Last month the EU provided Google with an early tax day present - it decided to move anti-trust charges against the web giant.  In its filling by the Wall Street Journal this move by the EU - should the EU prevail - could result in charges and fines that could exceed $6 billion (with a b).

The European charges focus on complaints that Google uses its dominant Internet search engine to favor its own services over those of rivals, people familiar with the situation said. Rivals say Google search results in areas like travel, shopping and maps increasingly favor Google’s own offerings, that its customers pay for, over links to similar on-line services run by rivals.

All to which we here at labs say... No Kidding??  Of course customers who pay Google for its search optimization services will rank above those who do not.  After all what is "search optimization".  

Of course more ironic to this whole discussion is that Google is being accused of providing preferential treatment to customers willing to pay.  

Gosh kids... where have we heard that before?  I know - when Google and other OTT players like NetFlix, Hulu and the like all complained to the FCC that service providers were asking for payment to provide a better quality of network service. 

If it sounds like the same thing only different - it is.  Google is being accused of the very thing it complained about to the FCC.  We here at SDNNFV call that karma - and yes we believe Google is guilty of all the charges the EU has brought forward.  

The "Don't Be Evil" moniker aside Google is no longer the Internet phenomena that captured people's imagination.  They are a multi-billion dollar juggernaut that starts projects at a whim that remain in beta forever or are strictly designed to hammer telecommunication providers to improved services (see Google Fiber).

For Internet policy - much like life in general - we believe in laissez faire - the market will always prevail.  Service providers should be able to offer qualities of service just as Google should be able to provide quality of service for its search results.   

In the political climate these days Google stands little chance of escaping the grasp of the EU - much as the service provider community did not escape the FCC.  Karma Google... karma...
The recent security breach at Anthem is another example of how difficult it is to secure any type of data on the Internet.  More and more personal data is accruing on-line faster than ever before.  Its a wonder the Anthem breach doesn't occur more often.  Now more than ever its important to not only secure your data but also your activity on-line.  Security firms are not blind to this opportunity - the growing market in on-line security and security enabled solutions, for both business and personal use, is accelerating.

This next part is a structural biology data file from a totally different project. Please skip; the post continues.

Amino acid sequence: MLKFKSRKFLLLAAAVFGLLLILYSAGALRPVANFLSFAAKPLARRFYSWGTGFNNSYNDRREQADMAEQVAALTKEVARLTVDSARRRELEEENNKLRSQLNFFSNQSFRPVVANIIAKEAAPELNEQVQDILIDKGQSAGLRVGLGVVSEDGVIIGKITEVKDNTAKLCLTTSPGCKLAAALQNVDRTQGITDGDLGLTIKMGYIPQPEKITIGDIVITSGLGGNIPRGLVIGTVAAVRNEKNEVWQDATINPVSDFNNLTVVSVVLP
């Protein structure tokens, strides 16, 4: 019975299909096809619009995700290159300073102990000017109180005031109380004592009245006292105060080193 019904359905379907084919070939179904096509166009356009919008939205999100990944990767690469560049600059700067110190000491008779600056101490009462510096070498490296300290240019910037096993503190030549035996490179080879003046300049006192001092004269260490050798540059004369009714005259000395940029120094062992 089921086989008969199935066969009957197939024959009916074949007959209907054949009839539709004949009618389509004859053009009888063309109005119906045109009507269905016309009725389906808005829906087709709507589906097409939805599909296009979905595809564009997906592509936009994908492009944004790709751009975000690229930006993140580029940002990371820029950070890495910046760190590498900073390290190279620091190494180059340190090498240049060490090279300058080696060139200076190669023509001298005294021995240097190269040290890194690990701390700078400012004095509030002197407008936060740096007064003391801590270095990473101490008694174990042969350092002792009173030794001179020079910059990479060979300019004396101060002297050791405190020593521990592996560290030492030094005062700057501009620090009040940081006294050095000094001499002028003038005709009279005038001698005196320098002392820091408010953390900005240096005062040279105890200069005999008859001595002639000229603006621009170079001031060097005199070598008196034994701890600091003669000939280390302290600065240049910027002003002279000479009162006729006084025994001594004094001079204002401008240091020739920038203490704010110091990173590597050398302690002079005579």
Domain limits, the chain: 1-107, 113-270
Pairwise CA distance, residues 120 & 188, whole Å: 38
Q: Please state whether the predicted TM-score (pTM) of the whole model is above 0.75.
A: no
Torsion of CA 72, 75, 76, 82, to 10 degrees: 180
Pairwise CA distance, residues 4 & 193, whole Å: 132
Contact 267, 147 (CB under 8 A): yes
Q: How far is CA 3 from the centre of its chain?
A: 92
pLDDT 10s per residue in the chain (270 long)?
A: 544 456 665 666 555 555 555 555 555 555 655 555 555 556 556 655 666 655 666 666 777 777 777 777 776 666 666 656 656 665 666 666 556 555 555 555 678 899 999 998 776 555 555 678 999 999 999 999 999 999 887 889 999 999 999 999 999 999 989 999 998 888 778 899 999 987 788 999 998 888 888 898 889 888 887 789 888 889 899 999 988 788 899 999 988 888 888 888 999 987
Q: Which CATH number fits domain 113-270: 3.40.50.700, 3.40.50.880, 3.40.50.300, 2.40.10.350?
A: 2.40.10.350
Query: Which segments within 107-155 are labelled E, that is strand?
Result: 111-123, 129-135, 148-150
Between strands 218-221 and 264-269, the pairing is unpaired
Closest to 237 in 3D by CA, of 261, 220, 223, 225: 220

Along with this growth are the number of attack vectors - there is more data on line than ever before and there are more ways to access that data than ever before.  What was considered unrelated and antonymous systems only a few years ago are now forever interconnected.

The Target breach from December 2014 was a result of entry via the company store's HVAC system!!! I am confident the Target IT team invested in all the appropriate systems to secure their data - but I am sure none of them included securing the store's environmental control systems.  

The Internet of Things (IoT) will create opportunity for hackers and malcontents alike - securing machine based IP communication services - the heartbeat of IoT - is already exceeding normal security measures. Organizations are working to provide a more secure on-line experience - which we at labs applaud with much vim and vigor.

However with even more vim and a dash of vigor we ask - and then what?  After all measures are taken it still won't be enough.  Data breaches will still occur.  Now we say this not to cast the security industry in a disparaging light - but rather ask if we look at the problem a bit differently...

We say - Trust no one.  Stop assuming the network you are accessing is secure... its not.  No matter the access - be it commercial or municipal WiFi or your company's internal IT network - assume those networks are compromised and secure the data yourself.  The panacea would be to provide security for data regardless of the underling broadband network.  

IT departments can continue to invest in their networks - and security vendors can continue with new and improved PowerPoint solutions - just don't trust them to solve every problem - they can't.  

That needs to be left  up to you... after all its your data...